‘Special privileges’ row sparked after senior HK official passes West Kowloon immigration with no ID

16-Oct-2018 Intellasia | South China Morning Post | 6:00 AM Print This Post

A senior Hong Kong official has been accused of unjustly exercising “special privileges” by passing through the immigration checkpoint at West Kowloon station without travel documents.

Roy Tang Yun-kwong, permanent secretary at the city’s Constitutional and Mainland Affairs Bureau, bypassed the normal entry and exit procedures when taking a train back to Hong Kong with other senior officials on the day the terminus opened for the city’s new high-speed rail line to mainland China.

The bureau admitted Tang had lost both his Hong Kong identity card and home return permit on September 22 during the railway’s opening ceremony. The home return permit is the document required by Hongkongers to enter and exit mainland China.

Tang, 55, alongside Hong Kong Chief Executive Carrie Lam Cheng Yuet-ngor and other guests, took a new express train to Guangzhou and returned via the railway. He lost his documents on the return trip and was only able to produce his guest pass for the ceremony and train ticket, which bore his name.

He was allowed through by mainland Chinese immigration officers, before Hong Kong staff conducted an identity check, the bureau said.

“No one asked for special treatment,” a bureau spokesman said.

The lost documents were found later that day after the launch activities had wrapped up, and were returned to the official.

Tang, a civil servant since 1987, was commissioner of customs and excise from 2015 to last year. Before that he was director of broadcasting between 2011 and 2015.

He now works under Secretary for Constitutional and Mainland Affairs Patrick Nip Tak-kuen.

Attending a meeting at Hong Kong’s legislature on Monday, Tang admitted he had been “careless”.

Civic Party lawmaker Tanya Chan said the incident raised concerns over the so-called co-location arrangement, under which both mainland Chinese and local immigration checks are under one roof at the downtown Hong Kong station.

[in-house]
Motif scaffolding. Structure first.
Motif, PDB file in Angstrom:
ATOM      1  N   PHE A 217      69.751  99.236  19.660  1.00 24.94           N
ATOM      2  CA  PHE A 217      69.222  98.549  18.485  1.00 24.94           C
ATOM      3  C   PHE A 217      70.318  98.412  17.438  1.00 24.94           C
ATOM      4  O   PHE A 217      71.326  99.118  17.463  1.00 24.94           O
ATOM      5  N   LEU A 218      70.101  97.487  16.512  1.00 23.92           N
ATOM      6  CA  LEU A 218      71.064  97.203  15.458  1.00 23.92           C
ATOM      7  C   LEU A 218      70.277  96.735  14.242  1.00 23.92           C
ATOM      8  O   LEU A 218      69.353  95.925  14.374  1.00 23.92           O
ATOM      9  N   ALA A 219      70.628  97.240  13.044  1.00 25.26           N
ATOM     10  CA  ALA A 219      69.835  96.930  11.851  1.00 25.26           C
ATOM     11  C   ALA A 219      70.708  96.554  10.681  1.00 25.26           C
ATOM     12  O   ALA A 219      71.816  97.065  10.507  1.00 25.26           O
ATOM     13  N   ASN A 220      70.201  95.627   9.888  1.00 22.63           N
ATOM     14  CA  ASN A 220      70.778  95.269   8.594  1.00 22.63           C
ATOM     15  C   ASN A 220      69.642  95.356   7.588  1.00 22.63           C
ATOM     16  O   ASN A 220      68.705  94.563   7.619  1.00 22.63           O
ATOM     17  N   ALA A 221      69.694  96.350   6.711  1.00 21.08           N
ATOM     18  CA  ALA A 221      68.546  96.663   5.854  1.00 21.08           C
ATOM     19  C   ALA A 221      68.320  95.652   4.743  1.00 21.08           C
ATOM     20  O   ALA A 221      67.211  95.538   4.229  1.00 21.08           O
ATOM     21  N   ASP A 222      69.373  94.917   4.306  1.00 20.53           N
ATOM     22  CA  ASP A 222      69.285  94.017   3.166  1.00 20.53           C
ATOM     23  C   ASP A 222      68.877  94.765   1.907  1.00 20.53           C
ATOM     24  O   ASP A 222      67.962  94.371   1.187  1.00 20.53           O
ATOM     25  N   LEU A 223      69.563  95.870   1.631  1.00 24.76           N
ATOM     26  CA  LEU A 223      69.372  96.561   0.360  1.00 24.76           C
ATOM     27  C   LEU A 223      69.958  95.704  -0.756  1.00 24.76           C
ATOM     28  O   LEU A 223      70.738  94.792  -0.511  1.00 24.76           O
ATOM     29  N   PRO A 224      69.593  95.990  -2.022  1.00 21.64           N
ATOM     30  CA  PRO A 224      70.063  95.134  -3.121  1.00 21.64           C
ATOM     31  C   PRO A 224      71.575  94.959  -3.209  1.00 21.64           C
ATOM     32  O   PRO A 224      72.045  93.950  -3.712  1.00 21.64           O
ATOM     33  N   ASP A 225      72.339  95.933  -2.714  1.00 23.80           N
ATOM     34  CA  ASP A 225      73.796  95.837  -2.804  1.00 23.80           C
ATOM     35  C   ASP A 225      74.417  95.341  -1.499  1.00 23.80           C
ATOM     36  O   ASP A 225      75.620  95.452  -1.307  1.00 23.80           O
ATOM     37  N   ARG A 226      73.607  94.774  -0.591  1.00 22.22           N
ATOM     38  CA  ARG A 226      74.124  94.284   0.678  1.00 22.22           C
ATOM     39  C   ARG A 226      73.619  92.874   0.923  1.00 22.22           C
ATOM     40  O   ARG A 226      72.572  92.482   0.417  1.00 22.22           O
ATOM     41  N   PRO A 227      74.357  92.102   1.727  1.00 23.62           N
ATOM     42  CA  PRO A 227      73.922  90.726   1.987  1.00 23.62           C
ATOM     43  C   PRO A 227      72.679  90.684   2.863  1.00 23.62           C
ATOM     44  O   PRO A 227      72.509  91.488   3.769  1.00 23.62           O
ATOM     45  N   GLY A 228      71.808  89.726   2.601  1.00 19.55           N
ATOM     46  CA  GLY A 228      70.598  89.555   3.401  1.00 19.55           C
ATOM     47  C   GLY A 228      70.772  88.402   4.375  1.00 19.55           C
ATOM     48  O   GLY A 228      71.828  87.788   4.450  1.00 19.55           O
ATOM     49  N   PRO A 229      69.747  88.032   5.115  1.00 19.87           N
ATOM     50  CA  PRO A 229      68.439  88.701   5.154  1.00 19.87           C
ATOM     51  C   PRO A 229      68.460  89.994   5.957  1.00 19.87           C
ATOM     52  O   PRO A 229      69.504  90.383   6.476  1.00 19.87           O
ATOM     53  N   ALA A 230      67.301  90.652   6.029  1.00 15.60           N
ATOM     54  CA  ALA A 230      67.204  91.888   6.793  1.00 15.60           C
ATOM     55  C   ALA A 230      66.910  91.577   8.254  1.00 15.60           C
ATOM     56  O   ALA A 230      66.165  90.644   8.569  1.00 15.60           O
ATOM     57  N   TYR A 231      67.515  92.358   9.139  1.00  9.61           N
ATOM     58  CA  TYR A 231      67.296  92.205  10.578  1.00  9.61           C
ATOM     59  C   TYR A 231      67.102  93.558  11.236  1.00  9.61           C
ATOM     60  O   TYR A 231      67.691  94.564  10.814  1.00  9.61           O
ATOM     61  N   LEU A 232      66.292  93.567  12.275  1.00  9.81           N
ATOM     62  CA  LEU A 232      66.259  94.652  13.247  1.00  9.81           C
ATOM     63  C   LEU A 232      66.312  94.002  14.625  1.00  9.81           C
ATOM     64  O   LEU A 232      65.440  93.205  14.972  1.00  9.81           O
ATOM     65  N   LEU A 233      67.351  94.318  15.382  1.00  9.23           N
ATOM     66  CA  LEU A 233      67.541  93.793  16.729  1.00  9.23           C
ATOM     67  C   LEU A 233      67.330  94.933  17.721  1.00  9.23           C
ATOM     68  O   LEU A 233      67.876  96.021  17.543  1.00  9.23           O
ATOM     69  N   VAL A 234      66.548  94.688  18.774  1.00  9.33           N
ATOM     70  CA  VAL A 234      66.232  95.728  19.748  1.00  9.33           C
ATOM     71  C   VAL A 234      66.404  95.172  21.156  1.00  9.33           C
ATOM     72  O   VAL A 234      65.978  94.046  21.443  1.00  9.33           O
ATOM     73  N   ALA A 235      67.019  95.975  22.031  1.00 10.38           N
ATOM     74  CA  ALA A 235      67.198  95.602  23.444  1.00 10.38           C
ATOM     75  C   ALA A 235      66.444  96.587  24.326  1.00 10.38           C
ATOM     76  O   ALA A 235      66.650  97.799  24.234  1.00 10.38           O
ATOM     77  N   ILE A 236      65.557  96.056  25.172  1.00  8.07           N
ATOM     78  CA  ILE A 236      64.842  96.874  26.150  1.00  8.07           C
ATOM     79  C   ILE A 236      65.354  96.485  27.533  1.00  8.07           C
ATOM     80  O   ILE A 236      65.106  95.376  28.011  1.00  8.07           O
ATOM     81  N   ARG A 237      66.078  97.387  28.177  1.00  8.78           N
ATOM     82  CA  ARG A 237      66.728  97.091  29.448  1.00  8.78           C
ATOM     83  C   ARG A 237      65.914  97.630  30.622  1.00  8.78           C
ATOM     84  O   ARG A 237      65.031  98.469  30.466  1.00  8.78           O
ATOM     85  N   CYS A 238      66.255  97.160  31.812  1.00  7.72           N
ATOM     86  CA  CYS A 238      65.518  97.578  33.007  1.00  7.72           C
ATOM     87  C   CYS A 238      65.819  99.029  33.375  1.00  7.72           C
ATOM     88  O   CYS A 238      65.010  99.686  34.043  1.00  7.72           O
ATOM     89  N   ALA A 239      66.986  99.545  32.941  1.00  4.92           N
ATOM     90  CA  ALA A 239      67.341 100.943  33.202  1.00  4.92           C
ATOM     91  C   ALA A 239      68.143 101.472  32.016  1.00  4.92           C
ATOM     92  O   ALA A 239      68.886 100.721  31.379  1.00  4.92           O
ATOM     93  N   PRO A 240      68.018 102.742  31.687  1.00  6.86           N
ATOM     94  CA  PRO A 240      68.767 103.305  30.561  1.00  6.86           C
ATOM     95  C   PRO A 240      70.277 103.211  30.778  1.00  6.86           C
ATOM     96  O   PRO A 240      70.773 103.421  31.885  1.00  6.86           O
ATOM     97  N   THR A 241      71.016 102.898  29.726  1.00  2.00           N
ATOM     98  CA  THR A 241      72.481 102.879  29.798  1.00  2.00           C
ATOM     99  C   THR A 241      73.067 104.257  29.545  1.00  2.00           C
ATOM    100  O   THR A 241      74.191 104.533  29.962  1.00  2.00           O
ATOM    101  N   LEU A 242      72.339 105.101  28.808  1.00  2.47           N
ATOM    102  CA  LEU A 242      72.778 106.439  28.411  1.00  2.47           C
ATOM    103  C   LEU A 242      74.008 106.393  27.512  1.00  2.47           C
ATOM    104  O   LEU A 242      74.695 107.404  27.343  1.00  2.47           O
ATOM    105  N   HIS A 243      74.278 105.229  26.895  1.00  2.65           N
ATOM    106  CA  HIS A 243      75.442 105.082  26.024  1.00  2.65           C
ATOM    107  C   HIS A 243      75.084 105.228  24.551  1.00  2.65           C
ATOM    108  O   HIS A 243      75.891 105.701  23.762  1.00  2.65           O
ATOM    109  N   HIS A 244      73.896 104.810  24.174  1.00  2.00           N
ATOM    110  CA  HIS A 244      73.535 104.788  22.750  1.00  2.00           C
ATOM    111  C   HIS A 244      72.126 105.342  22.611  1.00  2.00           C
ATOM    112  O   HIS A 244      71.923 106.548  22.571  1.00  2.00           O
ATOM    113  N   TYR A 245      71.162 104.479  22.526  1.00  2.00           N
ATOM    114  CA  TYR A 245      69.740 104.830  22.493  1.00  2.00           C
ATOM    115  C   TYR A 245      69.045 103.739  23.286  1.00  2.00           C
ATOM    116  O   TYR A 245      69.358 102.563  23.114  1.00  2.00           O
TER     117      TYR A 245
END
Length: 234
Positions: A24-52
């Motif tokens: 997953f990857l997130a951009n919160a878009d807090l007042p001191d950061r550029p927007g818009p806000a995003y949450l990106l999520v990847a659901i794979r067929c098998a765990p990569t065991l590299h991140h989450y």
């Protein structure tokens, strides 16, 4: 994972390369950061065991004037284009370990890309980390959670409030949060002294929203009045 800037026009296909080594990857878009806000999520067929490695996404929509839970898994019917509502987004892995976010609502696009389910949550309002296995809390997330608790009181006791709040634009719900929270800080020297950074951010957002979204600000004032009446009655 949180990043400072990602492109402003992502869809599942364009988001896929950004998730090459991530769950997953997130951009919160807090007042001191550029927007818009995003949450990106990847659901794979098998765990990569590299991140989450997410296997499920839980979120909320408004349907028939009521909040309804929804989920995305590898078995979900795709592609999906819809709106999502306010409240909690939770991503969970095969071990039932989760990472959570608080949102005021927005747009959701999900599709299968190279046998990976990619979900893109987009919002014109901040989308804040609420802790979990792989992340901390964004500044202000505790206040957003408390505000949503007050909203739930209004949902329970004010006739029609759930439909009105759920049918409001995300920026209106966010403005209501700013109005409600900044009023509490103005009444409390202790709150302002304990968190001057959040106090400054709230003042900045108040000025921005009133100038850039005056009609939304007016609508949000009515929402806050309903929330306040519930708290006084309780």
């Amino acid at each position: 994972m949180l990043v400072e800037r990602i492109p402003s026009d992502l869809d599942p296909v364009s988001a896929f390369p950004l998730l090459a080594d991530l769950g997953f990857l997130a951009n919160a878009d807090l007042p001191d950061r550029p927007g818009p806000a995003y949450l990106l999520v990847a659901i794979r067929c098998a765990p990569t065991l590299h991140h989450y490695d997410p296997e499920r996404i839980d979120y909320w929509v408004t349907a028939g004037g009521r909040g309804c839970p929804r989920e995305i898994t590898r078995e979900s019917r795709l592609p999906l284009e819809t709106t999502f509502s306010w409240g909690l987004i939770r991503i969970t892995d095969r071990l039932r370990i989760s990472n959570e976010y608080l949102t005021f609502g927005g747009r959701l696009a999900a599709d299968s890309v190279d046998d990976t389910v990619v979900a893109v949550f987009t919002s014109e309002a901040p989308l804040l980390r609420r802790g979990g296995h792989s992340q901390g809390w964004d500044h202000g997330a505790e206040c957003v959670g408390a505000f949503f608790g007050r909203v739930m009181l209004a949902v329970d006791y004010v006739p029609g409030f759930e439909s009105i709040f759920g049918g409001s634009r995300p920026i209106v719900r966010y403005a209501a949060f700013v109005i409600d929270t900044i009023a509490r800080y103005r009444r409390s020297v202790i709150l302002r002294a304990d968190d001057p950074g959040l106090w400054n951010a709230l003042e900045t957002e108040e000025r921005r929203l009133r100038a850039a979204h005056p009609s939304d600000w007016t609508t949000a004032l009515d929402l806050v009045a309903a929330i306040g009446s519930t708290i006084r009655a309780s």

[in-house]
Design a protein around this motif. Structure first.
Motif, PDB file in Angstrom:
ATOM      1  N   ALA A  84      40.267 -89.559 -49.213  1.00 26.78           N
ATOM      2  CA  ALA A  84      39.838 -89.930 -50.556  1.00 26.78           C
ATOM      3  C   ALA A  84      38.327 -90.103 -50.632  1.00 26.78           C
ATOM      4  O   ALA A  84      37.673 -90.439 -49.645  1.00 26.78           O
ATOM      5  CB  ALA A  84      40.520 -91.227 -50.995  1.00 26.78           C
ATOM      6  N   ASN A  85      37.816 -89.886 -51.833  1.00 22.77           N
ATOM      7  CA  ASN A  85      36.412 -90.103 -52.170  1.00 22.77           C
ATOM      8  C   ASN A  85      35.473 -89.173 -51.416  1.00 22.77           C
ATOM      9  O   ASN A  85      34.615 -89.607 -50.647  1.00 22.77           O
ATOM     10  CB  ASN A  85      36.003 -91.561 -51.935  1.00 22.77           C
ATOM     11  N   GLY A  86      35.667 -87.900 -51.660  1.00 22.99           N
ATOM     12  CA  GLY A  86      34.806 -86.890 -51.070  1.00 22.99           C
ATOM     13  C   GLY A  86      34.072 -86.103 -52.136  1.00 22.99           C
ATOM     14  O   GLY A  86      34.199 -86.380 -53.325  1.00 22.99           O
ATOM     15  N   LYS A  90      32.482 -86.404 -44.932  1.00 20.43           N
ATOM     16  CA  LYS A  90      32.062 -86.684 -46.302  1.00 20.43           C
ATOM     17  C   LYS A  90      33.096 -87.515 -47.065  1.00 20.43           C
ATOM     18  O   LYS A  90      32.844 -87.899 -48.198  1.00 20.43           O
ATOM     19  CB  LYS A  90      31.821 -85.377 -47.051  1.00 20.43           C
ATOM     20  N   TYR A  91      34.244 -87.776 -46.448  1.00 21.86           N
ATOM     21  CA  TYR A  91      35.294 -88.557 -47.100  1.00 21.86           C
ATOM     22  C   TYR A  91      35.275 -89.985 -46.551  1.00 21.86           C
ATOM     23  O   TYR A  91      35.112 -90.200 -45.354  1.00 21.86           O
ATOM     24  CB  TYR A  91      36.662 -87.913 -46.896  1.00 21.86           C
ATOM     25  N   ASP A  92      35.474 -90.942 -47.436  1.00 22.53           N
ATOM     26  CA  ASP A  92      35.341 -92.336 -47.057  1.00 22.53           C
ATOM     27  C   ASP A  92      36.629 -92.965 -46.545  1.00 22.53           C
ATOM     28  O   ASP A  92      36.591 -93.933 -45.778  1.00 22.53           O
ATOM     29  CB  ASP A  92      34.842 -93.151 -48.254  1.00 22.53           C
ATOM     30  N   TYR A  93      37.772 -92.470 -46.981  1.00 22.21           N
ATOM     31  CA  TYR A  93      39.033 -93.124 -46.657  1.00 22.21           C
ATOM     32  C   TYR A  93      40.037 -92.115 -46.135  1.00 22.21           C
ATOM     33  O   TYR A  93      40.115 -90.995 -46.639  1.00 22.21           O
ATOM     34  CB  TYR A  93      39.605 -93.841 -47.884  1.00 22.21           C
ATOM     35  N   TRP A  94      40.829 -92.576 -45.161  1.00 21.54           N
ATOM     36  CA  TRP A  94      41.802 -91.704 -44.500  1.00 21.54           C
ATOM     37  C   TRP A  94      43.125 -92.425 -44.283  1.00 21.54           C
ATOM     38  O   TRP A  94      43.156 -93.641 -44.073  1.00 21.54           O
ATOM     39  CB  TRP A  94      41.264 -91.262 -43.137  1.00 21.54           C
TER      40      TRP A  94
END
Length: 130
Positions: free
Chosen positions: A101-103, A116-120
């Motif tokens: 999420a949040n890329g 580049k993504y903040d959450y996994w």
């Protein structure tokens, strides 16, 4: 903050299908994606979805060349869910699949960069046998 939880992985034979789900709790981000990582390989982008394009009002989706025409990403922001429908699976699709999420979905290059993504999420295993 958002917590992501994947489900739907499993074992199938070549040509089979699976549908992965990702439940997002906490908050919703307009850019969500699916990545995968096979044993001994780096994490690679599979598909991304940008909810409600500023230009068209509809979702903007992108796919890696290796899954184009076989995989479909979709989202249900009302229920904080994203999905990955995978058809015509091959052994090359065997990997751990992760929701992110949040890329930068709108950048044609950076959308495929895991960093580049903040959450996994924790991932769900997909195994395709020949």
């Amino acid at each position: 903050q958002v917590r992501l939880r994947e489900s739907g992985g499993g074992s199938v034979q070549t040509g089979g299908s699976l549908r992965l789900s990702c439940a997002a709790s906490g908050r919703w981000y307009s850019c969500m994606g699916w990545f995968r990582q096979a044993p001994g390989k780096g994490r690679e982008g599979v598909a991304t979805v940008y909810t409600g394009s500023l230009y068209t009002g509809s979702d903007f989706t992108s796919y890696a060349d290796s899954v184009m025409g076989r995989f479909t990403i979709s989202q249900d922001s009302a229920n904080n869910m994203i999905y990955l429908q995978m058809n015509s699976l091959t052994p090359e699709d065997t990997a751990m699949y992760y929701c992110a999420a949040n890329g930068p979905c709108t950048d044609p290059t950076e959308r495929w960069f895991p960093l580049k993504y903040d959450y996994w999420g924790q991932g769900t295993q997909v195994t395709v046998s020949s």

“Turns out you don’t need to go through the security checks, you just need to point at your face,” Chan said.

Tang should give a full explanation, she added.

“As a person in public office, Tang should have gone through the normal process and not invoked any special powers.”

Pro-establishment lawmaker Michael Tien Puk-sun said officials had to be “whiter than white”.

“When it comes to matters unrelated to his duties, he should have even fewer privileges than a normal citizen,” Tien said.

But former security minister Regina Ip Lau Suk-yee said the “flexible treatment” was not unusual.

“Some Hong Kong delegates to the National People’s Congress rushing to the mainland to attend meetings might forget their home return permits,” Ip said, referring to gatherings of China’s national legislature.

The New People’s Party chairwoman said security officers only had to check a passenger’s identity and consider whether letting him or her through would pose a security risk.

On its website, the Hong Kong government said residents who had lost their travel documents in mainland China should report the matter to public security authorities and apply for an Exit-Entry Permit for moving across the border.

According to rules laid down by Hong Kong’s railway operator, passengers unable to complete the entry process at West Kowloon are to be taken back to the mainland.

“Station staff shall assist the passenger to board the next available train back to the mainland station, with payment of the excess fare and handling charge to be handled on board the train during the return trip,” the MTR Corporation stipulates.

The MTR Corp said the express railway had not yet commenced public service on September 22.

“If guests had lost their belongings, we would handle the matter appropriately,” a spokeswoman for the railway operator said.

The Department of Public Security for Guangdong, the Chinese province bordering Hong Kong, could not be contacted.



Category: Hong Kong

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